Thursday, February 16, 2012

#23: Against all odds

(c) Disney
The Rescuers, 1977
watched February 5, 2012

  • Cute lonely orphan? Check.
  • Cute anthropomorphic mice? Check.
  • Crazy frightening villain? Check.

The Rescuers has all the right ingredients for a classic Disney animated film. Indeed, these elements make up for the premise of a compelling story. As we've seen in the past, underdogs often lie at the heart of these movies. And this one is teeming with them.

First, there's the sad but adorable gap-toothed orphan Penny, whose only friend is a mute teddy bear (that bears a striking resemblance to last week's Winnie the Pooh, come to think of it). Seriously, how could any adoptive parents pass this girl up for some redhead? (I seem to recall someone yelling, "I'll adopt you, Penny!" while we watched this two Sundays ago.) When she's kidnapped and forced into child slave labor, I was practically ready to jump into the screen myself to go find her. Needless to say, we're dealing again with a story about injustice, victims and villains.
But Penny's advocates don't include a big brave superhero, like Robin Hood, whose precision and wit make it seem almost easy for him to overcome the bad guys. There's no large community of "orphan helpers" either, like the network of dogs in 101 Dalmatians. Instead, there are two small mice, part of the Rescue Aid Society, who mean well but are in fact, well, mice. Miss Bianca, a seemingly delicate yet determined and compassionate mouse, makes a surprising choice for her case partner, Bernard, the janitor-turned-rescue agent. Not surprisingly, he's quite nervous about the whole situation (not to mention being paired with a lovely and slightly intimidating female mouse). Their only help is found in a clumsy albatross, a frazzled dragonfly and some swamp muskrats. It's easy to see why one might doubt their likelihood of success.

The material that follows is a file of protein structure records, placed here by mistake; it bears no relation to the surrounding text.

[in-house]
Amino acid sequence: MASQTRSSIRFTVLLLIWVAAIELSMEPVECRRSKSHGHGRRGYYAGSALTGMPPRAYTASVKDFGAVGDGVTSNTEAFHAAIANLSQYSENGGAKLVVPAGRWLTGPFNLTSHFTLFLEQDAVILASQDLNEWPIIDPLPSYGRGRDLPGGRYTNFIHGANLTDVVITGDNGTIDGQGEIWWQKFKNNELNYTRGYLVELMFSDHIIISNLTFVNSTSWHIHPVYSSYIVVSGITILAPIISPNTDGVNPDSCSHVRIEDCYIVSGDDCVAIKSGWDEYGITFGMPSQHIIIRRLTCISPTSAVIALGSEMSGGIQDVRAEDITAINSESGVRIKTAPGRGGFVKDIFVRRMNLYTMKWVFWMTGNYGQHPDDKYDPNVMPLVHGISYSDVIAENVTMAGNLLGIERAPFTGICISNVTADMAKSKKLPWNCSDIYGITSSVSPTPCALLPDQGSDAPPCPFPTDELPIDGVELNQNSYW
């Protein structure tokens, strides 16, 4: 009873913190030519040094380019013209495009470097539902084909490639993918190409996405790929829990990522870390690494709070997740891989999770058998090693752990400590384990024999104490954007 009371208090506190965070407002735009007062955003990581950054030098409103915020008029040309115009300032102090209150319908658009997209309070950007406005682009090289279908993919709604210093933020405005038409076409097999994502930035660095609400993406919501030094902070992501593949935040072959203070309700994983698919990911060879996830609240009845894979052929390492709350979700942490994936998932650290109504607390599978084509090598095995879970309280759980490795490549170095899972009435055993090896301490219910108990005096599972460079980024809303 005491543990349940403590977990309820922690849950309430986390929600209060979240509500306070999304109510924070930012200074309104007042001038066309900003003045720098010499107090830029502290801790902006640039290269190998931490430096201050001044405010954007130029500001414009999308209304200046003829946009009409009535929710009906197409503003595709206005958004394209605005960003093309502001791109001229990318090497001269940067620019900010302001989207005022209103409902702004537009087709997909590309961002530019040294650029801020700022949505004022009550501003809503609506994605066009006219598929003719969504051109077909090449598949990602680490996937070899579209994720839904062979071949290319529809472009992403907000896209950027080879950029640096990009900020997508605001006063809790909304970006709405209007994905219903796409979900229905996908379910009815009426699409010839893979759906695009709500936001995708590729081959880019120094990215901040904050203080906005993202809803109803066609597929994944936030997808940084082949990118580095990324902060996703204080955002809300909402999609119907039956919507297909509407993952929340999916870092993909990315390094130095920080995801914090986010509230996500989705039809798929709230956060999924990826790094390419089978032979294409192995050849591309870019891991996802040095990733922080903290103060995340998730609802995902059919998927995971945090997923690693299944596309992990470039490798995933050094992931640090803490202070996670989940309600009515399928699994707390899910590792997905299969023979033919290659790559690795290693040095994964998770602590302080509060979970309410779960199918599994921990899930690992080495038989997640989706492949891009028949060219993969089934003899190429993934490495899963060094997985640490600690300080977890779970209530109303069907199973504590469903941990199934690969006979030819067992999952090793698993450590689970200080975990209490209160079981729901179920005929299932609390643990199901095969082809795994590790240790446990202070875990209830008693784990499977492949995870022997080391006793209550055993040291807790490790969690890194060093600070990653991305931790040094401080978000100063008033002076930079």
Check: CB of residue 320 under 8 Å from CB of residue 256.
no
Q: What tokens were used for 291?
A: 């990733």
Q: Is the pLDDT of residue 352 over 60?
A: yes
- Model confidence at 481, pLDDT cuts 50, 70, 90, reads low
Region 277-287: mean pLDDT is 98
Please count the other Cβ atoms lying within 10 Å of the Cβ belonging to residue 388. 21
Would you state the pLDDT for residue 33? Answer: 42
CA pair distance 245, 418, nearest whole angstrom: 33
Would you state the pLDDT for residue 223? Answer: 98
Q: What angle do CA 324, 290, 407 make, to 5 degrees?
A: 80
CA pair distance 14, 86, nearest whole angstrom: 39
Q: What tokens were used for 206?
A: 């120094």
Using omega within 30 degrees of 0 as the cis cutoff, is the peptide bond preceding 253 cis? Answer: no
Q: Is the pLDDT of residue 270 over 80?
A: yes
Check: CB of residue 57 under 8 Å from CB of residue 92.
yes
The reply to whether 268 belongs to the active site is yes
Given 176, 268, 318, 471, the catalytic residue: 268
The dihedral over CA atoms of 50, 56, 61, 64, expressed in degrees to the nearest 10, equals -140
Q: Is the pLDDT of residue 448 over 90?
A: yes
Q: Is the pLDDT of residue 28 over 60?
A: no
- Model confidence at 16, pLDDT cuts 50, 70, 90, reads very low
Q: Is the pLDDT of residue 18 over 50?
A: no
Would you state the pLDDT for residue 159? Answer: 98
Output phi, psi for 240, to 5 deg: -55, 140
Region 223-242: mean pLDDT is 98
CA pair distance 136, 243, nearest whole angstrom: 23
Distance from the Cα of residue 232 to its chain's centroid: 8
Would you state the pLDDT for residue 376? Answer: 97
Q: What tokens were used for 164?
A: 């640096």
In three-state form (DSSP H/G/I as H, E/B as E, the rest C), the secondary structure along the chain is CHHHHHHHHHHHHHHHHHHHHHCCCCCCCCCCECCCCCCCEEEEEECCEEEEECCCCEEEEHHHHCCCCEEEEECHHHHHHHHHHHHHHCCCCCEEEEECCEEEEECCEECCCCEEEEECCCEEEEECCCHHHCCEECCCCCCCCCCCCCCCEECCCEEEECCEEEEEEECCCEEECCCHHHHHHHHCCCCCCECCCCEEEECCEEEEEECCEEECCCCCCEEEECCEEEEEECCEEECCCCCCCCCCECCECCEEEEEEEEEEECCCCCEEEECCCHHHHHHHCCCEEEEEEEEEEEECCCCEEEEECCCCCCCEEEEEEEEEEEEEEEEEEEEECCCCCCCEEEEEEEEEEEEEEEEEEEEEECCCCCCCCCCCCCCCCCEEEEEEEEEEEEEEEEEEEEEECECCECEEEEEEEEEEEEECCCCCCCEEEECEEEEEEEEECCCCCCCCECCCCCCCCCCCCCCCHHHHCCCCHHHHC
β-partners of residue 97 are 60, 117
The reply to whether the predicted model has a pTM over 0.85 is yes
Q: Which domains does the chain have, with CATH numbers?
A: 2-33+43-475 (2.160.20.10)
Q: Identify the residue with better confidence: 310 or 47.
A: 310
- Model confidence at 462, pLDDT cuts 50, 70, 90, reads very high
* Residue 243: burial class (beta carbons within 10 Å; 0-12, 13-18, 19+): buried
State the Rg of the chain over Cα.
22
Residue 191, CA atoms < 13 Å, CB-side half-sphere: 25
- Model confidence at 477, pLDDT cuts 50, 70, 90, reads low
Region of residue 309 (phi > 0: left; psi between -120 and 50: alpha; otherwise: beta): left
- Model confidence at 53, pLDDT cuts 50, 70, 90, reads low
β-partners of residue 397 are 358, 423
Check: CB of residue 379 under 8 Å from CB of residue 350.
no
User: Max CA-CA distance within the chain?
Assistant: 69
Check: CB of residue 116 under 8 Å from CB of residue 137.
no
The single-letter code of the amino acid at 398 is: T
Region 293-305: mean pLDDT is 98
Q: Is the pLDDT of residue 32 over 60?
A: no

And let's not forget Medusa, the villain, who is as scary and threatening as they come. Anyone willing to enslave an innocent orphan must really be ruthless. She actually makes Cruella de Vil look like a bit of a pansy (they do share the same reckless driving, however). Also, she really needs a bra. Hmm...I seem to really have a thing about missing clothing.

So the odds are against our small heroes. And that is exactly why this movie is so moving (I'll even forgive the uber-70's music accompanied by pastel watercolor backgrounds). When the obstacles seem insurmountable, these brave rodents teach us that there's no room for passive sympathy. They show us that anyone can, and must, take action to protect the vulnerable. If it's something worth fighting for, then by golly, don't let anything stop you.

But what motivates such brave resolve to fight injustice? While the film's Disney-esque "just have a little faith" ideology is vague at best, fortunately, I know of a real kind of faith. It's not actually the faith itself that achieves us victory; it's the object of faith that matters. And mine is a Person, more powerful than any villain, Disney or otherwise. When I feel small and the world overwhelms, I remember this Person and I know I really can beat the odds.

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